Since writing about this camera a few weeks back, I've had quite a few people asking me to explain my infatuation with it. I could answer them simply just by showing them an image from the camera. But, to be fair, it's more than that. And, after all, lots of cameras out there, regardless of price, can take a good picture.
First, I'll acknowledge that I'm a little crazy when it comes to this sort of thing. And, I happily admit I can become obsessive about tiny nuances that may not matter to others. But for me, the personal experience and the emotional process of ENJOYING something is important. For me, "getting there" is half the fun. So, if you are brave enough to continue my personal guided tour of this jewel of a camera, be forewarned, I have no problem losing touch with reality and when it comes to this sort of thing and you might end up learning more about me than you probably care to know. It's all about the experience.
The basic nuts and bolts:
The Leica Digilux 2 was released jointly by Leica and Panasonic in 2004. The Panasonic version was the Lumix DMC LC1. The cameras were distinguishable in appearance by virtue of the outer case and color. The Leica inherited the classic silver and black Leica rangefinder styling, while the Panasonic came in all black. There are few differences in the contours of the case… but for the most part, they're the same.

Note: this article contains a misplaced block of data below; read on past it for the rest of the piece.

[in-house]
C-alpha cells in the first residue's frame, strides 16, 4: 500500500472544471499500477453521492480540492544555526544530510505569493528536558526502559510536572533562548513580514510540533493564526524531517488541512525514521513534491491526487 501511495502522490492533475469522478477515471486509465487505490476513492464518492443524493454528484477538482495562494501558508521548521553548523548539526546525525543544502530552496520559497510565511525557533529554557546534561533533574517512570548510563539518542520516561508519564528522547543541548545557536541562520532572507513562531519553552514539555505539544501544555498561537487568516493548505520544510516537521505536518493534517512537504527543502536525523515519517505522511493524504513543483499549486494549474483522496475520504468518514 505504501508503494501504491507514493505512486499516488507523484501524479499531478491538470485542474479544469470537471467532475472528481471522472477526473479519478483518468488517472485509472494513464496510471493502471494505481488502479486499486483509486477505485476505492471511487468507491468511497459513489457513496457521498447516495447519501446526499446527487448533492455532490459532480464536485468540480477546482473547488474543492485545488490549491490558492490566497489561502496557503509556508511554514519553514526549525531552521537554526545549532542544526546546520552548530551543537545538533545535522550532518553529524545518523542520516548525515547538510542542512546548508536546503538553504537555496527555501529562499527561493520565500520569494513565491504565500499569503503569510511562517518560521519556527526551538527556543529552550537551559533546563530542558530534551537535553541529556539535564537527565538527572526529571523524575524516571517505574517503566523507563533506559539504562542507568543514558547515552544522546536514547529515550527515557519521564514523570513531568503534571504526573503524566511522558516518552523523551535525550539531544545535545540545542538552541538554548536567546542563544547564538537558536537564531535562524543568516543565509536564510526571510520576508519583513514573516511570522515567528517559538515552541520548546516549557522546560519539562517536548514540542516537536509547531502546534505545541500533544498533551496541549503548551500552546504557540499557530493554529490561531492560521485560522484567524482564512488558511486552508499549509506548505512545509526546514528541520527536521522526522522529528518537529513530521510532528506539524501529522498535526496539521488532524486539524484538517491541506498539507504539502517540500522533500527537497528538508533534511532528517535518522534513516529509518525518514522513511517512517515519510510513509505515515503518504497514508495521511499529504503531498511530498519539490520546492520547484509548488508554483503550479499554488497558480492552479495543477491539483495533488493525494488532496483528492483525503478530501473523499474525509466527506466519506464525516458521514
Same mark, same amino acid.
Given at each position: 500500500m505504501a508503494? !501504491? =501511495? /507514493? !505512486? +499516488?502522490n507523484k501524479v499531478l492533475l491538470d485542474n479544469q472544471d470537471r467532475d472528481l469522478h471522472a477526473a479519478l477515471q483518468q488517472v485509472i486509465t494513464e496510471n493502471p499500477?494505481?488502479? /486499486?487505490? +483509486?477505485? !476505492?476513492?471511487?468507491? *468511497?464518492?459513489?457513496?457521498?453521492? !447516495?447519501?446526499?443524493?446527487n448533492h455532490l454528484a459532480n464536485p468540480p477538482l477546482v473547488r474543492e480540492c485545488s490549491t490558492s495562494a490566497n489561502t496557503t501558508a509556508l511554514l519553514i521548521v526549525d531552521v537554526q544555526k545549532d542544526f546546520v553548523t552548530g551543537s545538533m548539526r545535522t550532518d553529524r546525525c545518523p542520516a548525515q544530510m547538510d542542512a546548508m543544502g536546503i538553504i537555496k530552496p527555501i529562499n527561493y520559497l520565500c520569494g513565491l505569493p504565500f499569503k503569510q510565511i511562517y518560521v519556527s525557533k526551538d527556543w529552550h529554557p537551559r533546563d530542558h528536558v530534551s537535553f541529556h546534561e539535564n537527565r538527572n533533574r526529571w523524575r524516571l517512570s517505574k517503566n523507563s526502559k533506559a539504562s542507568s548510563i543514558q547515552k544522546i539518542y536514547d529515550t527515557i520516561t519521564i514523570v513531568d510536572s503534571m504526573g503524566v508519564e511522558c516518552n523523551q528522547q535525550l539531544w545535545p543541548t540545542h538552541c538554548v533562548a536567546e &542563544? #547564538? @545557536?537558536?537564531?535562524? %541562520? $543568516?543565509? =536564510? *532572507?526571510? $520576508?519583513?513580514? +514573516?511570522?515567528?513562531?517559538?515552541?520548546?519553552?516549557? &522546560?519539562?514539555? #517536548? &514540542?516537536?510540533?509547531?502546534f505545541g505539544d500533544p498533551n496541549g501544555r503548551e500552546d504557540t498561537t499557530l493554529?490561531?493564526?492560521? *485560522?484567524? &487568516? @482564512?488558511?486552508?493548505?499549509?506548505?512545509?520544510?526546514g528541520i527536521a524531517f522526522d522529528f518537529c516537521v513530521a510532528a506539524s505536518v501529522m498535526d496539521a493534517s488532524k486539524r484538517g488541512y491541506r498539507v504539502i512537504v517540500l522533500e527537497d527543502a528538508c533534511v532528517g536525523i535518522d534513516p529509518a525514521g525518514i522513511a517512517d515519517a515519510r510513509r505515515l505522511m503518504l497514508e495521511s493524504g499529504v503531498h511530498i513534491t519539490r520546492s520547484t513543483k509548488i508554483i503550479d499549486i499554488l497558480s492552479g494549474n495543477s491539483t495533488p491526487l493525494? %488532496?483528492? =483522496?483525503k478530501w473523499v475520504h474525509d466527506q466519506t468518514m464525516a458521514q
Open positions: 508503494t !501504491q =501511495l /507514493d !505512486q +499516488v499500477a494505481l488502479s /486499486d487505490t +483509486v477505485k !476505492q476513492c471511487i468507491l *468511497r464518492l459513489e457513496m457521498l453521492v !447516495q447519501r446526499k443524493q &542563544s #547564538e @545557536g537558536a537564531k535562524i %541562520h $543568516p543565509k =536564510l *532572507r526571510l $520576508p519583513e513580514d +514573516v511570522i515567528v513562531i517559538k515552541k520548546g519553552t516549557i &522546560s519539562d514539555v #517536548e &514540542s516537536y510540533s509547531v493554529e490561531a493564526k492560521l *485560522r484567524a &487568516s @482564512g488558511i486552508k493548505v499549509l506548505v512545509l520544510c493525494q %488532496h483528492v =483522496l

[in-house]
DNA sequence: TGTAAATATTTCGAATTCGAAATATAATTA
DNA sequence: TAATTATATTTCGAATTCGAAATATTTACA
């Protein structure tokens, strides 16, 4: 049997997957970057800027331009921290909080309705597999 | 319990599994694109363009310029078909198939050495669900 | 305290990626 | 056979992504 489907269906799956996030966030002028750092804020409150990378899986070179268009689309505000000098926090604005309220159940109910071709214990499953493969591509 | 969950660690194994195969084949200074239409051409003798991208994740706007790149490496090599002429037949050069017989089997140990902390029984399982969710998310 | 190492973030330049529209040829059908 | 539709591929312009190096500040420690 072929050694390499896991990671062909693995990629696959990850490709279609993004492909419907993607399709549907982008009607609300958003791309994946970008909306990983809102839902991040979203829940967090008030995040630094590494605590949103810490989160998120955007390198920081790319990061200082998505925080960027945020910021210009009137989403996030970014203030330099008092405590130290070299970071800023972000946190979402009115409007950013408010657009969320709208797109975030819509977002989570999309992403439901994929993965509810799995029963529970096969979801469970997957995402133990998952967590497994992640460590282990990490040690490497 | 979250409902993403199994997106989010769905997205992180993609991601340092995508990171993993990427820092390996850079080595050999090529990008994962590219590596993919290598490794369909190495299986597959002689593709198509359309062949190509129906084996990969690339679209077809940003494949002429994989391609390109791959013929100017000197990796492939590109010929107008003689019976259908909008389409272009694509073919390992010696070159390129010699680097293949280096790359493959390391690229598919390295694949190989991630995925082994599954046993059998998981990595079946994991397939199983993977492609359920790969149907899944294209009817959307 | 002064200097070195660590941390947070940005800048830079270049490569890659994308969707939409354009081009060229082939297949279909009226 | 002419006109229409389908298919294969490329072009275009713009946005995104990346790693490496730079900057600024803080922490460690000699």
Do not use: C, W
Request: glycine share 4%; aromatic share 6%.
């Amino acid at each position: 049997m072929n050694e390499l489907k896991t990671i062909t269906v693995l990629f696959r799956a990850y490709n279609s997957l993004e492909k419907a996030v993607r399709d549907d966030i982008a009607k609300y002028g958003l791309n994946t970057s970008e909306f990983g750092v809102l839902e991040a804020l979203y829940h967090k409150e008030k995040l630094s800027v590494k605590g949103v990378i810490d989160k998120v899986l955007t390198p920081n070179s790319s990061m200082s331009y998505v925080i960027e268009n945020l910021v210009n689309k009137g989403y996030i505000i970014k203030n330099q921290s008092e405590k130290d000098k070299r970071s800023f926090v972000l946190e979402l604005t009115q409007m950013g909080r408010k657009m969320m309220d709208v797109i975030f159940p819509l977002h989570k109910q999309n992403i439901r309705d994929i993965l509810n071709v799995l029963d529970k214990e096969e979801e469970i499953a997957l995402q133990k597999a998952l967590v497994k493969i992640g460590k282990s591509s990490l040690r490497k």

In this arrangement, Leica took responsibility for the optics while Panasonic (via some Sony technology) managed the electronics. But make no mistake about it, the business end of this camera, the lens, is all Leica. In many respects, the lens is the heart of this beast.
In addition to cosmetic differences, there is a difference in how the two cameras handle the image interpretation when shooting in JPEG mode. Just like you and I might "tweak" our images differently in Photoshop or post processing, camera manufacturers each have their own "recipe" for how the camera's image processing software creates the JPEG output from the camera's RAW file. The folks at Leica claim their software offers a look more suited to the Leica owner's tastes... in other words it looks more like film. :) Panasonic, on the other hand, will probably have a bit more saturation and punch to the colors. However, if you're shooting in RAW, it's a moot point.
The Leica also shipped with a longer warranty than the Panasonic, though many didn't feel that was enough to warrant the extra $400 Lecia added to the retail price. A new Digilux 2 sold for $1895.00 whereas the Panasonic DMC LC1 sold for $1495.00. Many Leica owners will tell you with little embarrassment, they're happy to pay for the Leica name, reputation and little Red dot.